Amy Brandt's blog

 

Today, American Ballet Theatre announced that longtime company soloists Misty Copeland and Stella Abrera have been promoted to principal dancer. San Francisco Ballet star Maria Kochetkova and Royal Danish Ballet principal Alban Lendorf will also join ABT next season as principals (though they will remain principals with their respective companies), and Boston Ballet principal Jeffrey Cirio joins as a soloist. Corps de ballet members Skylar Brandt, Thomas Forster, Luciana Paris, Arron Scott and Cassandra Trenary have been promoted to soloist.

 

American Ballet Theatre soloist Misty Copeland is not the first African American woman to dance the iconic role of Odette/Odile. And some warn, rightly so, that the rich history of black ballerinas (Lauren Anderson, Debra Austin, Anne Benna Sims, Nora Kimball and Virginia Johnson, to name just a few) has gotten lost in all the publicity hype surrounding Copeland. Others complain that her PR campaign is an overly aggressive attempt to achieve principal status.

Mere weeks after her retirement from Pacific Northwest Ballet, former principal Carla Körbes has joined the staff of Benjamin Millepied’s L.A. Dance Project as associate artistic director. Cörbes, who is serving as artist in residence at the Vail International Dance Festival July 27–August 10, has been elusive about her future plans up until now.

 

Today, two of American Ballet Theatre’s longtime stars, Paloma Herrera and Xiomara Reyes, retire from the company in—what is sure to be emotionally charged—back-to-back performances of Giselle. Herrera, who has danced with ABT for 24 years, will say good-bye during this afternoon’s matinee, while Reyes will give her final performance tonight. The departure of both dancers marks an end of an era, and a sign of change for ABT’s future. In two seperate interviews, both dancers offered reflections on their careers, retirements and future plans.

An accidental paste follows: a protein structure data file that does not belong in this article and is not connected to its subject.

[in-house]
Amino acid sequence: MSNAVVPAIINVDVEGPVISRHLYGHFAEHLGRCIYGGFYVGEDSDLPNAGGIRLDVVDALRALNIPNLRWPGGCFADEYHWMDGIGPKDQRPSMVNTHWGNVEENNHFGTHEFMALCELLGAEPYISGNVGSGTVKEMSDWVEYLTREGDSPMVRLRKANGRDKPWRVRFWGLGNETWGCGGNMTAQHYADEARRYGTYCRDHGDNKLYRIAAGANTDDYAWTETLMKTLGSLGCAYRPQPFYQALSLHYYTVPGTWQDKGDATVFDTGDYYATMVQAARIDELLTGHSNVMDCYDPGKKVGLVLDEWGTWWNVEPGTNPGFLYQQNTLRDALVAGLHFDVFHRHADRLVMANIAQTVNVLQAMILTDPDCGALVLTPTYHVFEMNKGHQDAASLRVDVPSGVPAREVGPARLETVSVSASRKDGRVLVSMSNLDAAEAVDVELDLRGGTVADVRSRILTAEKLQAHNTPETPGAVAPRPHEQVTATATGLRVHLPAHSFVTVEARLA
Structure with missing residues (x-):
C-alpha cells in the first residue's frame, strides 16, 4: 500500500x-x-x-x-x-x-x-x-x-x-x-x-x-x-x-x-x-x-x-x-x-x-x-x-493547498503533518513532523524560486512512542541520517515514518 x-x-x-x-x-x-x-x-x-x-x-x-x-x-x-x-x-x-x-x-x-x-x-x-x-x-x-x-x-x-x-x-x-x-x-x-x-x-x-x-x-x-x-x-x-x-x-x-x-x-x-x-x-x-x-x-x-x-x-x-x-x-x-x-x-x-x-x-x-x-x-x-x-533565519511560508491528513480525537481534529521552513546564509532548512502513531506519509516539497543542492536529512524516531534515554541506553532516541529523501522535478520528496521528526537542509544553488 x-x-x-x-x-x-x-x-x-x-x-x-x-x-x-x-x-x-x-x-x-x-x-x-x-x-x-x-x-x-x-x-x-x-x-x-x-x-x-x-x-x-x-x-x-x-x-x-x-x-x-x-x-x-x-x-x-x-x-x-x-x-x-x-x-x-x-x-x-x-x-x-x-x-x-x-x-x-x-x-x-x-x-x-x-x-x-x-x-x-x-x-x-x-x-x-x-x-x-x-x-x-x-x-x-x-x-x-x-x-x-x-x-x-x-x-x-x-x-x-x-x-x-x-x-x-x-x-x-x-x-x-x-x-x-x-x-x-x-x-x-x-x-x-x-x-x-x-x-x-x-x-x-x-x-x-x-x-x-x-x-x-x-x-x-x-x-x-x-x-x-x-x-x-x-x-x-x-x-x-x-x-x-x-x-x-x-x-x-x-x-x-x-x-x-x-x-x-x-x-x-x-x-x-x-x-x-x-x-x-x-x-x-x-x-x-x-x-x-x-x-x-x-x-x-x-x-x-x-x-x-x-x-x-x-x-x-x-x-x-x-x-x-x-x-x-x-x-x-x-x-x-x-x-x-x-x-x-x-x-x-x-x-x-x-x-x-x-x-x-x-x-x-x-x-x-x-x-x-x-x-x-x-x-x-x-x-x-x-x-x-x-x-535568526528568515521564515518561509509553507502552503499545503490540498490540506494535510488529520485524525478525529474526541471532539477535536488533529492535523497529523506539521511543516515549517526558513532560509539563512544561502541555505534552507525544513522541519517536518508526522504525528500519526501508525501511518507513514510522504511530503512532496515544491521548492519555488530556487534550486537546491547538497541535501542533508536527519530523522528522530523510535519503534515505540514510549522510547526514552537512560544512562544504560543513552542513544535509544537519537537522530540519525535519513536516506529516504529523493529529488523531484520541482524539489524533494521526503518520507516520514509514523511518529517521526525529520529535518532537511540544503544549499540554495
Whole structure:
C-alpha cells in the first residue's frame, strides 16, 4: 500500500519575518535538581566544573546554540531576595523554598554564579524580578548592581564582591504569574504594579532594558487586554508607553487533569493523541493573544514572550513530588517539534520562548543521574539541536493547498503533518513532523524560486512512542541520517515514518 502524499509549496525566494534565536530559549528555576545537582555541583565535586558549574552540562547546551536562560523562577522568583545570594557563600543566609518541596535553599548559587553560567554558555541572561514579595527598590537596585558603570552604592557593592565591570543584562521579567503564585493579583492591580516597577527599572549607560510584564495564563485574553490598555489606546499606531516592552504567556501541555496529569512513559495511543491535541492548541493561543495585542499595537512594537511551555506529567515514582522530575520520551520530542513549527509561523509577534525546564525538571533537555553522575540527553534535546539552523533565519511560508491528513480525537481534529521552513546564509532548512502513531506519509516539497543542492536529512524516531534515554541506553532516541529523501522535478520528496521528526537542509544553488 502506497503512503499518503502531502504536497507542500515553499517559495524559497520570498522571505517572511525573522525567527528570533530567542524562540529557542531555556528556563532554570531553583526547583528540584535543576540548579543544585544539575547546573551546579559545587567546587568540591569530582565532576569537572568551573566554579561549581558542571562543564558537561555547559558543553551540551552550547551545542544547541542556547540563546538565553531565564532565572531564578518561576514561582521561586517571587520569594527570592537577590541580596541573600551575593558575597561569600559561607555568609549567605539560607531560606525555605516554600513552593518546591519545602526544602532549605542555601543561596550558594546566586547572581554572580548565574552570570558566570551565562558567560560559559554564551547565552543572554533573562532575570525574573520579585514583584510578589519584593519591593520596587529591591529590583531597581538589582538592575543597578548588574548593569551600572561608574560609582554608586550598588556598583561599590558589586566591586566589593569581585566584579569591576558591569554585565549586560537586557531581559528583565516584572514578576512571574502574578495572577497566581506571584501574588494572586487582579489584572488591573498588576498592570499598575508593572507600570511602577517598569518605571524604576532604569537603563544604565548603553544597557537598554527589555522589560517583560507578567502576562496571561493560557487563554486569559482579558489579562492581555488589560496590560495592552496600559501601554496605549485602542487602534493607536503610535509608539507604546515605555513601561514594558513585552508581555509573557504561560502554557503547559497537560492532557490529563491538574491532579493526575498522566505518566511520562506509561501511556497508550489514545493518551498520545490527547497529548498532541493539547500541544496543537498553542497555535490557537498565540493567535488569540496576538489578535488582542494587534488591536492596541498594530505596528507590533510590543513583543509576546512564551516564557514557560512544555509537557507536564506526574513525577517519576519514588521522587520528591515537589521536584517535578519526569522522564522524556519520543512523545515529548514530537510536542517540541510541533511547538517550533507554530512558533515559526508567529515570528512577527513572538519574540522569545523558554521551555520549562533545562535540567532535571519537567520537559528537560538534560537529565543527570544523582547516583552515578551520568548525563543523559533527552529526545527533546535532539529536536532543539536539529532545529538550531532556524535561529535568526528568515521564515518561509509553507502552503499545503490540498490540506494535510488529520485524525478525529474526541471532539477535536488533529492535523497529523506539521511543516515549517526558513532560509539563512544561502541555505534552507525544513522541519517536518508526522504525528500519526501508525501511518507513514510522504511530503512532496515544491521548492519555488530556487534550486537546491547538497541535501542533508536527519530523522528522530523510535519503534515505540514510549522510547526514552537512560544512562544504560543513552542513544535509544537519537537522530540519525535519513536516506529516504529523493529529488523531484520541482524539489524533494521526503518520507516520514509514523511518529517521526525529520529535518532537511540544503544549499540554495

In 2004, as dancers waited in the hallway for their usual morning class at Steps on Broadway in New York City, they could catch a glimpse of teacher Edward Ellison privately coaching individuals in a small studio near the reception desk.

American Ballet Theatre, in the midst of their 75th Anniversary celebration, opened their spring season at the Metropolitan Opera House this week. But fans unable to make it to New York City need not worry—on May 15, “American Ballet Theatre: A History,” a documentary nine years in the making by Emmy-award winning filmmaker Ric Burns, premieres on PBS stations nationwide.

 

Many of you may remember last summer’s “Strictly Ballet,” Teen Vogue’s reality web series that took viewers inside the high-pressure lives of six students at the School of American Ballet. And you may especially remember those nerve-racking class scenes with Peter Martins, ballet master in chief of New York City Ballet, as he assesses SAB’s highest level students for possible company apprenticeships.

If you are eagerly awaiting the November 8 premiere of Starz’s gritty ballet drama “Flesh and Bone,” you’re in luck. The network released its first trailer of the eight-hour limited series yesterday—and it looks pretty tantalizing.

The Boston dance community is coming together on April 25 to remember the life and legacy of Samuel Kurkjian at the Walnut Hill School of the Arts’ Keiter Center in Natick, MA. Kurkjian, who died in 2013, joined the Boston Ballet in 1968 as a principal dancer and ballet master, eventually becoming the company’s first resident choreographer. He later joined the staff of Walnut Hill, where he was a beloved member of the faculty for 35 years.